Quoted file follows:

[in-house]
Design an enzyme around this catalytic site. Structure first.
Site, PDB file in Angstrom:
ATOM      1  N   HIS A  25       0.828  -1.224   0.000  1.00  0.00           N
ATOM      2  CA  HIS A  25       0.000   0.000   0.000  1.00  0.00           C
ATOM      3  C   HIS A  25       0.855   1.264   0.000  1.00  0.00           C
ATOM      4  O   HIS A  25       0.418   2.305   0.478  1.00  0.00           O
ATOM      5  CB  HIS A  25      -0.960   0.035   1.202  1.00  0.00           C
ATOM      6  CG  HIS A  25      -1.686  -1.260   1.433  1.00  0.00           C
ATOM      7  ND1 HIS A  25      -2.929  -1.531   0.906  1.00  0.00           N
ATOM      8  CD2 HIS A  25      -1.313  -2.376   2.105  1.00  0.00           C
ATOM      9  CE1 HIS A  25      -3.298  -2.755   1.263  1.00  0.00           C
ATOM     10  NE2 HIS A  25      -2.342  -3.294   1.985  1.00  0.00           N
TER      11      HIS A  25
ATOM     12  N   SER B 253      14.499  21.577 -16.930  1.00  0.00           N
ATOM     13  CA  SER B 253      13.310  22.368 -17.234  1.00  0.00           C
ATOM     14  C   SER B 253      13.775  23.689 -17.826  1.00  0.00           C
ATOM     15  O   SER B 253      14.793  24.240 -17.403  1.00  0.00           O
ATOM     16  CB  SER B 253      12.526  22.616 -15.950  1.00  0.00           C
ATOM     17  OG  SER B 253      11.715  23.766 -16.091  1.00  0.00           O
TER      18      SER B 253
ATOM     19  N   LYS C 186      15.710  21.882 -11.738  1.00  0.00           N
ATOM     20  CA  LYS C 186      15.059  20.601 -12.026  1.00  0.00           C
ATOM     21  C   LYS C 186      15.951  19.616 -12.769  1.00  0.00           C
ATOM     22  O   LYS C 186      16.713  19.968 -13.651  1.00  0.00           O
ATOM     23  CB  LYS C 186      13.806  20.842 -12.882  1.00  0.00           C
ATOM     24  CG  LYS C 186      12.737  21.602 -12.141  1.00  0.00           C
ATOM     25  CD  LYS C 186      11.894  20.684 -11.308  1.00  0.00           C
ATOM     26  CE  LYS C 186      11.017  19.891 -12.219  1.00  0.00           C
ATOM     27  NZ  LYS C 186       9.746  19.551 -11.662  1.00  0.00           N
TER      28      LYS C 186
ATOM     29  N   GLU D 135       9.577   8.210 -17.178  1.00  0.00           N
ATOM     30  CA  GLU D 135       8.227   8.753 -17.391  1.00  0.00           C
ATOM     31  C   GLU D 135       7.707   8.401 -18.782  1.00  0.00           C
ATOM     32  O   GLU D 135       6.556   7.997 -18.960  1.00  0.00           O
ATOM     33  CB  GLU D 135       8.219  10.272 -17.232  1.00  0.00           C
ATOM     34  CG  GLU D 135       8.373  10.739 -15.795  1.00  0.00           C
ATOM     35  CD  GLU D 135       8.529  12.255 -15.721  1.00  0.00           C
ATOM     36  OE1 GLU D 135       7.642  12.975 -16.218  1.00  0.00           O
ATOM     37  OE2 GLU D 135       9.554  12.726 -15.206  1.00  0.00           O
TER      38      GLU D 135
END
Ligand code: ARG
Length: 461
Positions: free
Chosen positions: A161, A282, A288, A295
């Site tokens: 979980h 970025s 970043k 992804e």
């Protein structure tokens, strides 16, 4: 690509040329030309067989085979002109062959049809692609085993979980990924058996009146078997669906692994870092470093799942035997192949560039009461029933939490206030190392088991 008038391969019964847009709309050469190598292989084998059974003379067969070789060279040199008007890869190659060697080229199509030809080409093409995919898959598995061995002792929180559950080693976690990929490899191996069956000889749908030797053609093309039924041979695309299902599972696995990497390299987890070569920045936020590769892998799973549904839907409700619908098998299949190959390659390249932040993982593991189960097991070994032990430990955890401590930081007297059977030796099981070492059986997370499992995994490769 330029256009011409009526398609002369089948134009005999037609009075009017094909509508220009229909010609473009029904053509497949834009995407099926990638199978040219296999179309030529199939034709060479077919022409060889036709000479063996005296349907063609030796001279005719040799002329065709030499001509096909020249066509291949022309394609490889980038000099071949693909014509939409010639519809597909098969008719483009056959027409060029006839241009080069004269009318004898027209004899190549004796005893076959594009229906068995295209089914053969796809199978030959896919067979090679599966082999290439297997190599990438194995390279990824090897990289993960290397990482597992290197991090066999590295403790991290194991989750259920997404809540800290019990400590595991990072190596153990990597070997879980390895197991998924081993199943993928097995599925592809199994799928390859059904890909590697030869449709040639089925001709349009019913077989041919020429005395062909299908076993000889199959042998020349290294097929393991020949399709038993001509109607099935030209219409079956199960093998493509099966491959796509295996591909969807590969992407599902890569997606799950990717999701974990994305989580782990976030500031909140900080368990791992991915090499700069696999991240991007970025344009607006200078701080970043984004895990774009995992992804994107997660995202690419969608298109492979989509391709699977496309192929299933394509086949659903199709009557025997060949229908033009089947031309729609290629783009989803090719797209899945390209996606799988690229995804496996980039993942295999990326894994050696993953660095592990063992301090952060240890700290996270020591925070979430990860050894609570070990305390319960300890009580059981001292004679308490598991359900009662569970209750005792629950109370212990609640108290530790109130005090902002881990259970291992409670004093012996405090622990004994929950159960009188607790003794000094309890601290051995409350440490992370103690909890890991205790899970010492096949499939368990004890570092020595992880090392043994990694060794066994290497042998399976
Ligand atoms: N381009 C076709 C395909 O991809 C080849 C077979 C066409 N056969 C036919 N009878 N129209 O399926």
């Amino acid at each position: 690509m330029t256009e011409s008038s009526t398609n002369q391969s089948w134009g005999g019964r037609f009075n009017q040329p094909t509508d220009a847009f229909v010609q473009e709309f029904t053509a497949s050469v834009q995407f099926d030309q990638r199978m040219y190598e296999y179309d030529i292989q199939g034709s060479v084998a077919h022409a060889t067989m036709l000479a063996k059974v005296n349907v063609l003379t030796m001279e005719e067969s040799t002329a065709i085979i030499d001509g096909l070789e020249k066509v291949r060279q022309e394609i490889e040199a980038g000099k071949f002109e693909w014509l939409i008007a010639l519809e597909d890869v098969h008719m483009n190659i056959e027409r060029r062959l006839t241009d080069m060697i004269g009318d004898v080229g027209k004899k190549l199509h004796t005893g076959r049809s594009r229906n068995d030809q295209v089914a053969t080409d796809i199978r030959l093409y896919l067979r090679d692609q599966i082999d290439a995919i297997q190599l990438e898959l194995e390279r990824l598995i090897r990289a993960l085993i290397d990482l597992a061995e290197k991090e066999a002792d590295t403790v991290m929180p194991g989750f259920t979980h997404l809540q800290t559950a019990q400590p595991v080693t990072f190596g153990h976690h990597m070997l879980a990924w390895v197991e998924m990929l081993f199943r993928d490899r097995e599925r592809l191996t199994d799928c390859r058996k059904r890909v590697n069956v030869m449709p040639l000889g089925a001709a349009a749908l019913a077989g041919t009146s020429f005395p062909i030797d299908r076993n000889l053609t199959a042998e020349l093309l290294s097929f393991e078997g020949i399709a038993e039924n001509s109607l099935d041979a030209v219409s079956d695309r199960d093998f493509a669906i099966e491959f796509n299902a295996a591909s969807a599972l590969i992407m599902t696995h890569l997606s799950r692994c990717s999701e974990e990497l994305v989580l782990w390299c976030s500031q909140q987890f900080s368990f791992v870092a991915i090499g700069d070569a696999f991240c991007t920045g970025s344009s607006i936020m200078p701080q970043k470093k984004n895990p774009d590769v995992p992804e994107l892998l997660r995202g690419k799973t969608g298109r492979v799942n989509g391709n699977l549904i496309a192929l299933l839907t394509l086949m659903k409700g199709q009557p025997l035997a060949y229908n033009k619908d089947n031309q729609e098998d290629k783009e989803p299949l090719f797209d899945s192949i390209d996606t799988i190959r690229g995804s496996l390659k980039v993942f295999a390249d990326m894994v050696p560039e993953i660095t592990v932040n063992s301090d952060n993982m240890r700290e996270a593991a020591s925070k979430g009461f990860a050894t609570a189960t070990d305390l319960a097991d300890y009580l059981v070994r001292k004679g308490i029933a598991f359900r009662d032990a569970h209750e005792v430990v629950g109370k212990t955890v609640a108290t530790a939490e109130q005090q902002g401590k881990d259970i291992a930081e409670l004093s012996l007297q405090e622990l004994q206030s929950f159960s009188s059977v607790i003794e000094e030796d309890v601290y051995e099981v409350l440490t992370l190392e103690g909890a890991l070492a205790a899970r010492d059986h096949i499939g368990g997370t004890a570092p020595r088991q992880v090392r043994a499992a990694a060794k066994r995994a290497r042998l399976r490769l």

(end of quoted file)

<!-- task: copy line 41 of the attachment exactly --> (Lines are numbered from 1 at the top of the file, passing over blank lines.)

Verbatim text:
TER      38      GLU D 135